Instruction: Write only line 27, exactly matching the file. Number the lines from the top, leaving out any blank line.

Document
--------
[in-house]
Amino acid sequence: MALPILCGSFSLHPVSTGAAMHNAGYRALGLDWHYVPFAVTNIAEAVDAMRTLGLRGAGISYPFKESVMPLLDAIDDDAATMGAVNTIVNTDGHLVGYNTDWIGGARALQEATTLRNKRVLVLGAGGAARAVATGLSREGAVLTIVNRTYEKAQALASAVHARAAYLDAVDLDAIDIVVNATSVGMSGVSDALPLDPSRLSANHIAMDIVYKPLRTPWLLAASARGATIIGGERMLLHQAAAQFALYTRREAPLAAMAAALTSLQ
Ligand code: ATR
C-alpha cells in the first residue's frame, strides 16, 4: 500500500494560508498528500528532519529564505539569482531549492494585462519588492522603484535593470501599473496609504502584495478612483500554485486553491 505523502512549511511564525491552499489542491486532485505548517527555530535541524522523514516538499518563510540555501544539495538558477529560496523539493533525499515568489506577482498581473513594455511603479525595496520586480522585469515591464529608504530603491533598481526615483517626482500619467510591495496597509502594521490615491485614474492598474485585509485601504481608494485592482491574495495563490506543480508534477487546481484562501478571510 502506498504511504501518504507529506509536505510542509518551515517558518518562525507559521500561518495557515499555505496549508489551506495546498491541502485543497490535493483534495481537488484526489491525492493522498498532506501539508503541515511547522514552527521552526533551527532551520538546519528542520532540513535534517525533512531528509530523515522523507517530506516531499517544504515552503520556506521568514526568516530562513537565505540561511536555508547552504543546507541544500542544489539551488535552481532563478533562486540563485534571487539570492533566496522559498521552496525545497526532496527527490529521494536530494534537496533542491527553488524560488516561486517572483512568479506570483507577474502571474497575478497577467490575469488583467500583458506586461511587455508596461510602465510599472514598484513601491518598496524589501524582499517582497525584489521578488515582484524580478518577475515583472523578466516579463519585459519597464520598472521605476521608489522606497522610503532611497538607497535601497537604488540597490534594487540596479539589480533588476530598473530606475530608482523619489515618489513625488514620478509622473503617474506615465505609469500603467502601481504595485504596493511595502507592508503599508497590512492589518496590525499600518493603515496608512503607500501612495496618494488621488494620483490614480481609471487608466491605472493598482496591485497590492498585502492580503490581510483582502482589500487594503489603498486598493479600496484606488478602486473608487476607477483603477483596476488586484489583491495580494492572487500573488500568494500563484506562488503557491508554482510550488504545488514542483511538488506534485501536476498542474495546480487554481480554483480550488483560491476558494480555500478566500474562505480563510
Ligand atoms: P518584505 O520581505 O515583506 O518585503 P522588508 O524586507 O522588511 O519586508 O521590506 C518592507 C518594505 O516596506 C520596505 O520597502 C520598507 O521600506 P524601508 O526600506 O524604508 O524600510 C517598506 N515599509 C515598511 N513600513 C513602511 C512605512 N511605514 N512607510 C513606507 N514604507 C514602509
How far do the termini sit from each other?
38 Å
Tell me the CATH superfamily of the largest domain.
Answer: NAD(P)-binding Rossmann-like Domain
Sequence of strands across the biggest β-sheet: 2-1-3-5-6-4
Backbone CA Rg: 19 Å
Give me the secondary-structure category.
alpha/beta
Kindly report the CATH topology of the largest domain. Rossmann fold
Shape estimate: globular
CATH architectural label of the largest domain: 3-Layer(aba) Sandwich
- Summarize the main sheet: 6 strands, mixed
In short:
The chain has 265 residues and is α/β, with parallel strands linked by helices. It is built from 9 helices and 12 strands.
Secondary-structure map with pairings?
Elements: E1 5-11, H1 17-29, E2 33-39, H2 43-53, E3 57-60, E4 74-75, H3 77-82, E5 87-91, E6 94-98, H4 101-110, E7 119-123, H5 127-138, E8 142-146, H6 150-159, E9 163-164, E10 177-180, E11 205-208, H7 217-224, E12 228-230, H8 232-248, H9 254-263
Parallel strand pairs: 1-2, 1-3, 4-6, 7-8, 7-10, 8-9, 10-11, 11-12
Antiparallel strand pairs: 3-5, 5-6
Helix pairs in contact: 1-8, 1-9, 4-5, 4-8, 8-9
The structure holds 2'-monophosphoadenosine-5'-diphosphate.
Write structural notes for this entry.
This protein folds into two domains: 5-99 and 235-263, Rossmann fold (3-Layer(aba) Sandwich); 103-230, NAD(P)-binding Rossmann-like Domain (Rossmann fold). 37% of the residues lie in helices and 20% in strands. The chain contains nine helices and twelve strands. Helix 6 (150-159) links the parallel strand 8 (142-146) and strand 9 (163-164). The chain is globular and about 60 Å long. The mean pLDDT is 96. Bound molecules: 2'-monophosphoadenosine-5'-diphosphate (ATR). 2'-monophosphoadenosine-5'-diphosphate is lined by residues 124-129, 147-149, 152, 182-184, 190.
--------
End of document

This protein folds into two domains: 5-99 and 235-263, Rossmann fold (3-Layer(aba) Sandwich); 103-230, NAD(P)-binding Rossmann-like Domain (Rossmann fold). 37% of the residues lie in helices and 20% in strands. The chain contains nine helices and twelve strands. Helix 6 (150-159) links the parallel strand 8 (142-146) and strand 9 (163-164). The chain is globular and about 60 Å long. The mean pLDDT is 96. Bound molecules: 2'-monophosphoadenosine-5'-diphosphate (ATR). 2'-monophosphoadenosine-5'-diphosphate is lined by residues 124-129, 147-149, 152, 182-184, 190.